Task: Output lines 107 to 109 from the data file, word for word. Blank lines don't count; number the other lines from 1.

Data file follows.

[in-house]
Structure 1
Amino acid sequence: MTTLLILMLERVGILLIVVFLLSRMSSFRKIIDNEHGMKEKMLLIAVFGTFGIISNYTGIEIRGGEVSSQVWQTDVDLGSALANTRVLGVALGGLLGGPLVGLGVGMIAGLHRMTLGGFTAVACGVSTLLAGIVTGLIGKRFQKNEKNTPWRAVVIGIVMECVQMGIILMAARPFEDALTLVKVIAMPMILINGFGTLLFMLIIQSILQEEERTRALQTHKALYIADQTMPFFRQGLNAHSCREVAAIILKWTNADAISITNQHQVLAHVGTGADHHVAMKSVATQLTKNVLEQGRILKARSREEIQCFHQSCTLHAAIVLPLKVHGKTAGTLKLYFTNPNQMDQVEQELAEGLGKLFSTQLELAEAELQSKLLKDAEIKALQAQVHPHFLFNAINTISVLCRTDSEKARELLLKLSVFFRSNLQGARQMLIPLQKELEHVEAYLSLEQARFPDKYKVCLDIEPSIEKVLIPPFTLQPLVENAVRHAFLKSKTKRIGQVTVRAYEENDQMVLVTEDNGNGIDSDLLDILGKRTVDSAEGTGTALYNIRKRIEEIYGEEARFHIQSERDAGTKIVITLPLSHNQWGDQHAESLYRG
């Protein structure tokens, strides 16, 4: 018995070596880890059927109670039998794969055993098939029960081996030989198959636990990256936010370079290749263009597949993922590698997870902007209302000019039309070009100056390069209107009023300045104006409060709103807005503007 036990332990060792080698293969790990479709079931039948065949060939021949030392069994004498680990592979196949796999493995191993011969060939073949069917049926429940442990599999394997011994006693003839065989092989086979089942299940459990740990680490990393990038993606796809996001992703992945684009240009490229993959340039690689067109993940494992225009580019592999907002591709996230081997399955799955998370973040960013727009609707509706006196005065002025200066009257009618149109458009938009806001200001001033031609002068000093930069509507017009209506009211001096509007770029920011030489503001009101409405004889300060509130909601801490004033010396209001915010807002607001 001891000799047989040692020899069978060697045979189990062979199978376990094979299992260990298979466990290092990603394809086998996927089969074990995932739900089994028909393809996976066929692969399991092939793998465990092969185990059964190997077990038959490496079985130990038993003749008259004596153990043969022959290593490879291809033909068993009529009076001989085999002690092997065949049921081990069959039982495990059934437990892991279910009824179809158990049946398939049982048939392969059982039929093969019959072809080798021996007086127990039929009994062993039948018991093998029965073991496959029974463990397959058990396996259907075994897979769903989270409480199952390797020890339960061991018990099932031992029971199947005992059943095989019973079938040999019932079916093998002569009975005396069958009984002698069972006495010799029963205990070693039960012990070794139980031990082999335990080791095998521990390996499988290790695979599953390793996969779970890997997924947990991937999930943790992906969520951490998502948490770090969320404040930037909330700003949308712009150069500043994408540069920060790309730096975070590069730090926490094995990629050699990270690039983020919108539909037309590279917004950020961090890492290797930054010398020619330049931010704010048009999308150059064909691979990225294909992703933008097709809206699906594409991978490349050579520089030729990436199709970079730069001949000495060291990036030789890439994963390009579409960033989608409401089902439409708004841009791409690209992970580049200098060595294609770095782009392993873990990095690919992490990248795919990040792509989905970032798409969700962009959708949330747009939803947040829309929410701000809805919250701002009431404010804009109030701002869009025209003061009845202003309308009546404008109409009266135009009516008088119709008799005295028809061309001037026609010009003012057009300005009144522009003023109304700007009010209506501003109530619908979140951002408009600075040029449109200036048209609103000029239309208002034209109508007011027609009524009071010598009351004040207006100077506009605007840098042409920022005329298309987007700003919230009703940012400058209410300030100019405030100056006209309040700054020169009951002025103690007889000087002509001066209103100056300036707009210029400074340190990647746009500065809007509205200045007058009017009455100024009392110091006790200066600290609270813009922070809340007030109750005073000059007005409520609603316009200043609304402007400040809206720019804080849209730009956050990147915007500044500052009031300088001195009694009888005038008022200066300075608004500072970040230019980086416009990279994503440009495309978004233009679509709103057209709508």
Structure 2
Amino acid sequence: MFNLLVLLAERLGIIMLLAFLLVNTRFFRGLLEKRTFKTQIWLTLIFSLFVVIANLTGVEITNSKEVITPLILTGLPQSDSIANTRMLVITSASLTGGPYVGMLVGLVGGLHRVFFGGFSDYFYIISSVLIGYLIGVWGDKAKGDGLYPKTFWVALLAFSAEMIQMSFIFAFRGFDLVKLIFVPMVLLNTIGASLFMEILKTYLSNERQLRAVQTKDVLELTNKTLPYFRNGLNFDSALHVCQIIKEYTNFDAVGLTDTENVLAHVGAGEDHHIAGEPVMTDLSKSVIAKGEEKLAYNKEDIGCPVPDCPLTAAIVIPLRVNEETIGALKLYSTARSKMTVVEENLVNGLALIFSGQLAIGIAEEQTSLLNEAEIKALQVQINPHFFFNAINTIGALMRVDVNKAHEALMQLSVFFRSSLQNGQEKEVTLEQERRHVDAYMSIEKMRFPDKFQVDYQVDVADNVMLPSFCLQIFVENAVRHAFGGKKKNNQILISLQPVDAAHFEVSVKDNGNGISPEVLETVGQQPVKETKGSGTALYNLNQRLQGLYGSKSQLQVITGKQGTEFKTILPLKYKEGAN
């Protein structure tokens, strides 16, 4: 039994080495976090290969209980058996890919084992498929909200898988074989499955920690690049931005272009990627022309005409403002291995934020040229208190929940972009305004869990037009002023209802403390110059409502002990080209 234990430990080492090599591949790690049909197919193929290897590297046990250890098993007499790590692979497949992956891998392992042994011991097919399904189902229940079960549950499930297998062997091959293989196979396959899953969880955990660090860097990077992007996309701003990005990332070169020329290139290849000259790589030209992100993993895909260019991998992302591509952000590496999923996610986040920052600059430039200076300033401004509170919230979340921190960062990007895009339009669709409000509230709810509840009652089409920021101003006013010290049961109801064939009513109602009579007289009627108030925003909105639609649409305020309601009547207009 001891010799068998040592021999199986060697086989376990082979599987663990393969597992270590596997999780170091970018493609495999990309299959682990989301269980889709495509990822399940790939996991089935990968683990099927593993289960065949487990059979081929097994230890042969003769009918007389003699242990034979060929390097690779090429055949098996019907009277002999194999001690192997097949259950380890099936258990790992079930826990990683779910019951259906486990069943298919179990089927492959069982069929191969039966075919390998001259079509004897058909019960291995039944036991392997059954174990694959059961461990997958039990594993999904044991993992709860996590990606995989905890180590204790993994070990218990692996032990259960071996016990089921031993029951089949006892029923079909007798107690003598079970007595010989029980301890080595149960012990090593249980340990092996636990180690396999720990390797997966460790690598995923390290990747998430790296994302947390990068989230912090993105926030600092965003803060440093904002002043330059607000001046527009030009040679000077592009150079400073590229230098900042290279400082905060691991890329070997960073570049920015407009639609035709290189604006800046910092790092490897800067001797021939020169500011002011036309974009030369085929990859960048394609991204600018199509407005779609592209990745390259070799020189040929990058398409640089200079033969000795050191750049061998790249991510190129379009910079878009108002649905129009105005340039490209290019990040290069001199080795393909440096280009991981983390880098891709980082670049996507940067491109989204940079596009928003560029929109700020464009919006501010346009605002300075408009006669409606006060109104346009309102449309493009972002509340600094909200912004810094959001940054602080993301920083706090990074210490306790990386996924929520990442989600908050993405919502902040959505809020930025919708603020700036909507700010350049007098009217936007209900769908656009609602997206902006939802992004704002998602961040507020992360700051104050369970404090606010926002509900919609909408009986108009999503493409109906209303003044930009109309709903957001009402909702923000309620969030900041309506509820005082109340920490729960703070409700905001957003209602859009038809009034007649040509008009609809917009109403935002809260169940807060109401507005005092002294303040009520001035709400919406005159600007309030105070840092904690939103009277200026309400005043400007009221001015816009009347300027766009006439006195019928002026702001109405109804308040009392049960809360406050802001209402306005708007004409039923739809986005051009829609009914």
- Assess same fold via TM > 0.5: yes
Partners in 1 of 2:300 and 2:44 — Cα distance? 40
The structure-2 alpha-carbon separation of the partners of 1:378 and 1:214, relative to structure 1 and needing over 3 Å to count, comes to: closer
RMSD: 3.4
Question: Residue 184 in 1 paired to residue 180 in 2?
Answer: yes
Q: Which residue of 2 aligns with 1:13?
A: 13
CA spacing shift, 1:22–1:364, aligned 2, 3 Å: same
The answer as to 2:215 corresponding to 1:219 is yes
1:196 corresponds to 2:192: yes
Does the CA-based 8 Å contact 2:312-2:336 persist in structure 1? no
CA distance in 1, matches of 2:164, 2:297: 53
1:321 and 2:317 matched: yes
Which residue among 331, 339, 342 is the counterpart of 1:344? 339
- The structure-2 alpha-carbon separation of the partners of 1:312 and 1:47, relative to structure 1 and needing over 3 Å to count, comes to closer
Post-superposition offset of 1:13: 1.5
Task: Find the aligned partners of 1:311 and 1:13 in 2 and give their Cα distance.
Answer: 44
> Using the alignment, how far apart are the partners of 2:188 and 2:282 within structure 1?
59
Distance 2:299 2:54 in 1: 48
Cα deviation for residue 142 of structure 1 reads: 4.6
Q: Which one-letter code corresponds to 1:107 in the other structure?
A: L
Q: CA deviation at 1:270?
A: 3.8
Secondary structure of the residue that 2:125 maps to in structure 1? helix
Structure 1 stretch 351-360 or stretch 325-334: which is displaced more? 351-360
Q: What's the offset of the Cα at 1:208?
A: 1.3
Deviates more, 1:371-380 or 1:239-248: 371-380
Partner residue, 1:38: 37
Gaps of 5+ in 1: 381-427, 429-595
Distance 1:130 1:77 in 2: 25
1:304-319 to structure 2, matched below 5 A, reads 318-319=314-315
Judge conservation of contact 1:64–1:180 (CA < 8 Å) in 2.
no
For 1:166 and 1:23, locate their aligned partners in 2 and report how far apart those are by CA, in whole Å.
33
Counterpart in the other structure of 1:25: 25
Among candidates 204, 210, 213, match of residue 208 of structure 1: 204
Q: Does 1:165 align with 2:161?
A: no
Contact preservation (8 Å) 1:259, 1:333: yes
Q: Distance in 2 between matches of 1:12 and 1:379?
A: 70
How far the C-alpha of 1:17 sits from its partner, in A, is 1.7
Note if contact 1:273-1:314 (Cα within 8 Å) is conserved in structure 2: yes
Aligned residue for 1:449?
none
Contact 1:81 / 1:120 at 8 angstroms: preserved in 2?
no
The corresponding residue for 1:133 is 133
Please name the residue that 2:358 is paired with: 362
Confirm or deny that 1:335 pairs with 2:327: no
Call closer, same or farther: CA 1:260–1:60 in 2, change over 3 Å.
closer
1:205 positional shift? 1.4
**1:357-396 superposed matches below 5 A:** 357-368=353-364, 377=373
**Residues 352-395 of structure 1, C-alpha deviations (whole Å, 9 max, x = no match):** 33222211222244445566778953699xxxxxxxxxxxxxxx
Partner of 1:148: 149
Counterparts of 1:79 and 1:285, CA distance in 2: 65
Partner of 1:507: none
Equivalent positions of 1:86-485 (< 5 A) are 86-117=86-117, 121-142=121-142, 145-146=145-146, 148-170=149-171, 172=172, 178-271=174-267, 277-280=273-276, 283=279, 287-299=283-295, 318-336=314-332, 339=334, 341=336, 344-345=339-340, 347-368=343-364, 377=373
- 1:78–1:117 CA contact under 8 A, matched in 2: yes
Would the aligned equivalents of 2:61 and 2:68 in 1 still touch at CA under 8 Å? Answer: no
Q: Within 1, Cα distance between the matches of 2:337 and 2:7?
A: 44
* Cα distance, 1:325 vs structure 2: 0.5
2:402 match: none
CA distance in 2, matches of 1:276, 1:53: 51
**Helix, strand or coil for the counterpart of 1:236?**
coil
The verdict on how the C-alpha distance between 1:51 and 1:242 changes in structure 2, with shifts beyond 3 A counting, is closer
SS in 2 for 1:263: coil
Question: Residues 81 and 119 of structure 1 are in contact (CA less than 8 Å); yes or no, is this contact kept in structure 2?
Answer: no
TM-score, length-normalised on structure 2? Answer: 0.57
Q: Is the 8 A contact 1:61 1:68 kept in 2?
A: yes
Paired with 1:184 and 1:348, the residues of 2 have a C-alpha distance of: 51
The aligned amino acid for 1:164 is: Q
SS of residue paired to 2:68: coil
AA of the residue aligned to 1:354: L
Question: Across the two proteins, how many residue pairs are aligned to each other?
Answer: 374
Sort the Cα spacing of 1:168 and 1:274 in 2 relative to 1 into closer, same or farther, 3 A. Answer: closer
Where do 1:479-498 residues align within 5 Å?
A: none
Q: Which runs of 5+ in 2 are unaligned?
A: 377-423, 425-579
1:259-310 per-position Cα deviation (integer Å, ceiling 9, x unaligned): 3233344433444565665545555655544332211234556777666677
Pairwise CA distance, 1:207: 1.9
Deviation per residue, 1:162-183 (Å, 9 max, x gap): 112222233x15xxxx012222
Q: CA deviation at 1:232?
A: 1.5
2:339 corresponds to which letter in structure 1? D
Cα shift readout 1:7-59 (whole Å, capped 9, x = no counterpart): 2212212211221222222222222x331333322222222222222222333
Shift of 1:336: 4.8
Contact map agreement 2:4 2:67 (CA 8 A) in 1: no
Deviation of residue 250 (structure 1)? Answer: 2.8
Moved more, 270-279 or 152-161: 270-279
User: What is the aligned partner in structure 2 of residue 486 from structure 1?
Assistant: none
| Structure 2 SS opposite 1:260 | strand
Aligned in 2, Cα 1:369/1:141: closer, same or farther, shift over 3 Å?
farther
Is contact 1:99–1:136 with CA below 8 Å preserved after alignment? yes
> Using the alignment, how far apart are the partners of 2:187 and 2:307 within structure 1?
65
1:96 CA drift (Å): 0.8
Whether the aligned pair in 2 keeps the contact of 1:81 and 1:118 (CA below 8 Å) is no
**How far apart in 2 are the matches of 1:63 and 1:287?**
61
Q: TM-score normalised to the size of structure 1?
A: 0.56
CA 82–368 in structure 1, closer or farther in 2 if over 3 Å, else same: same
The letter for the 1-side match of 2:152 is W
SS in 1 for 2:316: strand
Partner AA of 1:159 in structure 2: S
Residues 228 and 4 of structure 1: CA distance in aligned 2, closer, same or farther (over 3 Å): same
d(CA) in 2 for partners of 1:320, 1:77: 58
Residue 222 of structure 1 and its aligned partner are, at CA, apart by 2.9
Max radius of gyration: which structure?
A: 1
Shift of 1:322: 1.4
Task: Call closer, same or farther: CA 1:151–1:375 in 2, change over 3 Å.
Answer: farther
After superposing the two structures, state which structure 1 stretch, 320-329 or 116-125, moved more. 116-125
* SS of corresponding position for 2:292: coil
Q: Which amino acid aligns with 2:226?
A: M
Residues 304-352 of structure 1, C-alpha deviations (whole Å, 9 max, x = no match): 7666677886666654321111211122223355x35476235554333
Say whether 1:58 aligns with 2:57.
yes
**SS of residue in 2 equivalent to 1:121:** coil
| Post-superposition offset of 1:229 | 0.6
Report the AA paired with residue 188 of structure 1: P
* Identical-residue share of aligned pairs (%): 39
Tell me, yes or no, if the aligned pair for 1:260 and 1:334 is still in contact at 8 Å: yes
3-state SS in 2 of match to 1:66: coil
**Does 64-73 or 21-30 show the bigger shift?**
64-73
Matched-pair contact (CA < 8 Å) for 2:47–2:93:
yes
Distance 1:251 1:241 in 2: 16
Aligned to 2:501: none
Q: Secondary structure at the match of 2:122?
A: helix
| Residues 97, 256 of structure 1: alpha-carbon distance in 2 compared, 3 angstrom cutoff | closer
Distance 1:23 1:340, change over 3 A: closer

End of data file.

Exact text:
Shift of 1:336: 4.8
Contact map agreement 2:4 2:67 (CA 8 A) in 1: no
Deviation of residue 250 (structure 1)? Answer: 2.8